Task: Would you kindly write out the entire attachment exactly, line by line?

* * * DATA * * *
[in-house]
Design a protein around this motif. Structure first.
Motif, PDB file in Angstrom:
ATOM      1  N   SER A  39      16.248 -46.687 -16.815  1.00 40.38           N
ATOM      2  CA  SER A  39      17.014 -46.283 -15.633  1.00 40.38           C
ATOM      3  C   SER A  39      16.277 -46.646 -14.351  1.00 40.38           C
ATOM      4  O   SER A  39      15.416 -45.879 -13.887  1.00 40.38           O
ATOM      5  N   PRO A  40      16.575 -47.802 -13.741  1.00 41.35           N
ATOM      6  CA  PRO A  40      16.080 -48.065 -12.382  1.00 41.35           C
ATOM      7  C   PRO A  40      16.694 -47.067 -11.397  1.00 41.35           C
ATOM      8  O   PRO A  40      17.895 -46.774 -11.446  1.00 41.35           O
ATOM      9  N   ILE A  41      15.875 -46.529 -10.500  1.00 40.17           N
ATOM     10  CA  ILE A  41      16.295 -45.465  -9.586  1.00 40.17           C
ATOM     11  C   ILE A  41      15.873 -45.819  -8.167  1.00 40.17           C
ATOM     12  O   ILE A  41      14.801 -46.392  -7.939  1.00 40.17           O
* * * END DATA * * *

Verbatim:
[in-house]
Design a protein around this motif. Structure first.
Motif, PDB file in Angstrom:
ATOM      1  N   SER A  39      16.248 -46.687 -16.815  1.00 40.38           N
ATOM      2  CA  SER A  39      17.014 -46.283 -15.633  1.00 40.38           C
ATOM      3  C   SER A  39      16.277 -46.646 -14.351  1.00 40.38           C
ATOM      4  O   SER A  39      15.416 -45.879 -13.887  1.00 40.38           O
ATOM      5  N   PRO A  40      16.575 -47.802 -13.741  1.00 41.35           N
ATOM      6  CA  PRO A  40      16.080 -48.065 -12.382  1.00 41.35           C
ATOM      7  C   PRO A  40      16.694 -47.067 -11.397  1.00 41.35           C
ATOM      8  O   PRO A  40      17.895 -46.774 -11.446  1.00 41.35           O
ATOM      9  N   ILE A  41      15.875 -46.529 -10.500  1.00 40.17           N
ATOM     10  CA  ILE A  41      16.295 -45.465  -9.586  1.00 40.17           C
ATOM     11  C   ILE A  41      15.873 -45.819  -8.167  1.00 40.17           C
ATOM     12  O   ILE A  41      14.801 -46.392  -7.939  1.00 40.17           O